Research Article - (2017) Volume 5, Issue 2

Management of Varicose Veins of the Lower Extremities: A 10-year Institutional Experience

Nwafor IA*, Eze JC, Ezemba N, Chinawa JM, Idoko LF and Ngene CN
National Cardiothoracic Center of Excellence, UNTH Enugu, Nigeria
*Corresponding Author: Dr. Nwafor IA, National Cardiothoracic Center of Excellence, UNTH Enugu, Nigeria, Tel: +2348037784860 Email:

Abstract

Background: Varicose veins of the lower extremities affect about 60% of the adult population in America. In Nigeria varicose veins are highly under reported, despite the fact that the disease is not uncommon. A study of varicose veins of the lower extremities, in our institution is therefore justified. Aim: To review the number of cases managed, so as to determine the prevalence, outcome and rate of recurrence. Materials and Method: During the 10-year period (March 2005-2015), a total number of 45 cases were managed. As a retrospective study, the case files of such patients were retrieved and analyzed. The data analyzed were demographic data, epidemiologic-clinical states and outcome. Results: A total number of 45 cases were managed, averaging about 4.5 cases per year. There were 30 males and 15 females with a ratio of 2:1. The age range mostly affected was 21-30 years with 13 (28.90%), followed by 41-50 year with 8 (17.8%) and the least was age above 70 years with 1 (2.22%). The left and right lower limbs were affected in the ratio of 5:2. The great and small saphenous veins were affected in the ratio of 3:1. Indications for surgery were hyper pigmentation, venous ulcer and lipodermatosclerosis. Treatment modalities were conservative (Bisgaard regime) and surgery. Recurrence rate was 5-10%. Conclusion: Varicose veins of the lower extremities are not uncommon but in developing countries like ours it is under reported due to uncoordinated actions of physicians. There are varied modes of presentation. Middle age group are more affected.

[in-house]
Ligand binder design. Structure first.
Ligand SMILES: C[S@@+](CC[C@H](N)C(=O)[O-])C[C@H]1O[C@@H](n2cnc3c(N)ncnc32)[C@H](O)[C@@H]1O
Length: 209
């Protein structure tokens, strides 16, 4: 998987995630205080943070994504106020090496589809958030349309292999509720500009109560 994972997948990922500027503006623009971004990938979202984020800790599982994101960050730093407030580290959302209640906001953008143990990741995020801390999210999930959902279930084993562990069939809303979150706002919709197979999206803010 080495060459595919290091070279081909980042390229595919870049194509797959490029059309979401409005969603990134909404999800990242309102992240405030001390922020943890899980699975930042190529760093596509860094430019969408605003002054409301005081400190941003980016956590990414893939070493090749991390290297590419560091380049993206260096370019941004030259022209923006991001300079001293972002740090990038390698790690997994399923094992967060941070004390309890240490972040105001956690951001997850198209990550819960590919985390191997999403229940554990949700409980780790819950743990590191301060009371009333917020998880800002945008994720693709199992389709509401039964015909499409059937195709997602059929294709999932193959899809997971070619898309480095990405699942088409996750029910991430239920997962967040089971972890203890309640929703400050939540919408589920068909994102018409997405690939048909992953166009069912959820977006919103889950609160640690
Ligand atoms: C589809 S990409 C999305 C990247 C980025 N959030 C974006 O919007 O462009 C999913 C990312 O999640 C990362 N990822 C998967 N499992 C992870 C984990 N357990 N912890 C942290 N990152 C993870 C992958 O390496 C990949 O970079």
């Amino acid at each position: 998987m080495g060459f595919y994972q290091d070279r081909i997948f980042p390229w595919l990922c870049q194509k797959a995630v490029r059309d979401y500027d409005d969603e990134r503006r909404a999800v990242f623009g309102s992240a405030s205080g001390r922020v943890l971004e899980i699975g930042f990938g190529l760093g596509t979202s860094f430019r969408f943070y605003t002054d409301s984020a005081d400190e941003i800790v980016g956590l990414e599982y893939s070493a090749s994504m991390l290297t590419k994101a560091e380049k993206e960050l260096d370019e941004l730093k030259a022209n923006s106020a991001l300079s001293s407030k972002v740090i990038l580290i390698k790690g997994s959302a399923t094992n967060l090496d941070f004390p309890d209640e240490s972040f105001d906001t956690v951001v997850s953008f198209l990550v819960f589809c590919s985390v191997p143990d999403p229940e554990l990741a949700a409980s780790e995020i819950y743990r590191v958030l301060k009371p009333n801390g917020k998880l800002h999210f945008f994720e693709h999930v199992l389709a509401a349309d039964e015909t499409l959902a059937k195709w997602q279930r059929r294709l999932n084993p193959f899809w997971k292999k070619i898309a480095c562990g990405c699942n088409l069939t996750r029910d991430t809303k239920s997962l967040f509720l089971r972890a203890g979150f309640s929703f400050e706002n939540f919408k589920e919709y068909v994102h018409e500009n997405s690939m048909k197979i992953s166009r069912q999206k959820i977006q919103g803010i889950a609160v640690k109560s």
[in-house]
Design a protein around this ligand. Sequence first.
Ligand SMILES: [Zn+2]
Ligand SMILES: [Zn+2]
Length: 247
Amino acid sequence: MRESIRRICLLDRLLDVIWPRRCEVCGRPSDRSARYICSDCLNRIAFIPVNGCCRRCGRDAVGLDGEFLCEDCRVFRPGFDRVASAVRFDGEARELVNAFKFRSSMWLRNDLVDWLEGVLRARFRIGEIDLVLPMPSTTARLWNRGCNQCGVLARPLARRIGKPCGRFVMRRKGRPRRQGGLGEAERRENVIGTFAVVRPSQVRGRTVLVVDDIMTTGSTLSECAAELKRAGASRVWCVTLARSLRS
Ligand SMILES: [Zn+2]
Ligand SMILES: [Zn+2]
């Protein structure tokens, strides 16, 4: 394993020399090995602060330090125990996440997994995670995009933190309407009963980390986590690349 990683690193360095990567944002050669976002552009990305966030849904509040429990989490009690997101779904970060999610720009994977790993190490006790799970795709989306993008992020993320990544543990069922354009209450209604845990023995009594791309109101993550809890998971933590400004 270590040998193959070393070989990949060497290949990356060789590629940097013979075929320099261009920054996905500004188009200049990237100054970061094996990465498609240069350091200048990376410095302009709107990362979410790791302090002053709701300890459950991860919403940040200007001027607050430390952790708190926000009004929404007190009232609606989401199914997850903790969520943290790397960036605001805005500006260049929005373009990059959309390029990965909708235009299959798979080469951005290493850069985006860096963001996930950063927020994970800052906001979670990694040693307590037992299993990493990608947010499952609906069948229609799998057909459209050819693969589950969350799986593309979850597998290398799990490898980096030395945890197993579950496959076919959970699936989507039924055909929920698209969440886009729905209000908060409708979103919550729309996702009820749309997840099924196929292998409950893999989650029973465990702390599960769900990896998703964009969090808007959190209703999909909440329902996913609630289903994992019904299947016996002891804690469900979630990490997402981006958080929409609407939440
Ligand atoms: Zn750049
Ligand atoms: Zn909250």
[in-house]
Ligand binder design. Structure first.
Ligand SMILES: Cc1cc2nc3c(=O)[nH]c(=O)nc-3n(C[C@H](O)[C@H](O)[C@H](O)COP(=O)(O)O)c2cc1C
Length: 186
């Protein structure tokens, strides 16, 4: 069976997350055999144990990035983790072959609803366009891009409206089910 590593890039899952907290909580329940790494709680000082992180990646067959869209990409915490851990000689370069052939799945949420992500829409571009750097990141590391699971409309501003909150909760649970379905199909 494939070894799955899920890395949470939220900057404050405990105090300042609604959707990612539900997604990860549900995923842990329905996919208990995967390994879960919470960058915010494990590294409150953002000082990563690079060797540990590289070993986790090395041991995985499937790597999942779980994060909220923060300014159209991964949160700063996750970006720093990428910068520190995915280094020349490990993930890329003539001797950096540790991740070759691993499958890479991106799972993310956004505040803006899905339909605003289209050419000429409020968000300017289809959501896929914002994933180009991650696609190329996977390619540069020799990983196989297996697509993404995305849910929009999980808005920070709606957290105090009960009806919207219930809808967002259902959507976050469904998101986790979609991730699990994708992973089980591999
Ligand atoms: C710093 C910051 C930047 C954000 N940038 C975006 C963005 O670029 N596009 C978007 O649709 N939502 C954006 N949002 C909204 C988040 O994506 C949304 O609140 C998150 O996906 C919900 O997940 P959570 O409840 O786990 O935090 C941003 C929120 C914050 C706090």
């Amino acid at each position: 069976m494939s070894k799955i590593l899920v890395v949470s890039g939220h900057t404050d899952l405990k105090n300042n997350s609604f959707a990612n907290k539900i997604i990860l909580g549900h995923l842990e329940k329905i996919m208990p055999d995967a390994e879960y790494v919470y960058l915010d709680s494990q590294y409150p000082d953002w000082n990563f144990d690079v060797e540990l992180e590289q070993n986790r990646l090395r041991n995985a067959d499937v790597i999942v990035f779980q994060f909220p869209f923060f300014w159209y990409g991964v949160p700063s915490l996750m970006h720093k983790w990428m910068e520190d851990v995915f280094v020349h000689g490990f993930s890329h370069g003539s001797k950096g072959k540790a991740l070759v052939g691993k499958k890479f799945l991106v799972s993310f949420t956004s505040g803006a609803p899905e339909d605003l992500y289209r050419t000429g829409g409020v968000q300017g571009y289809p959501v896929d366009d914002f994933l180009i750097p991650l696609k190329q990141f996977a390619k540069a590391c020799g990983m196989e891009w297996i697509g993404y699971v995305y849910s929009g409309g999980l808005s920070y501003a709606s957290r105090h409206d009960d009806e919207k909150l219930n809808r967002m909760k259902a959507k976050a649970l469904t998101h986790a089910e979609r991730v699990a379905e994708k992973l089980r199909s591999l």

Keywords: NCTCE, Varicose veins, Bisgaard regime

Introduction

Varicose vein is a dilated, elongated, tortuous and often palpable superficial venous system of the body especially of the lower extremities. Other commoner areas are the umbilicus (Capus medusa), scrotum/ vulva (varicocele) and rectum (haemorrhoids) [1]. They can be found in the upper extremities along the distributions of the cephalic and basilica veins, though rarely. Visible varicose veins in the lower extremities are estimated to affect at least a third of the population [2] and 28.6% of people with varicose veins progressed to develop serious venous diseases. Also 3-6% of people with varicose veins in their life time progress to develop venous ulcers [3,4].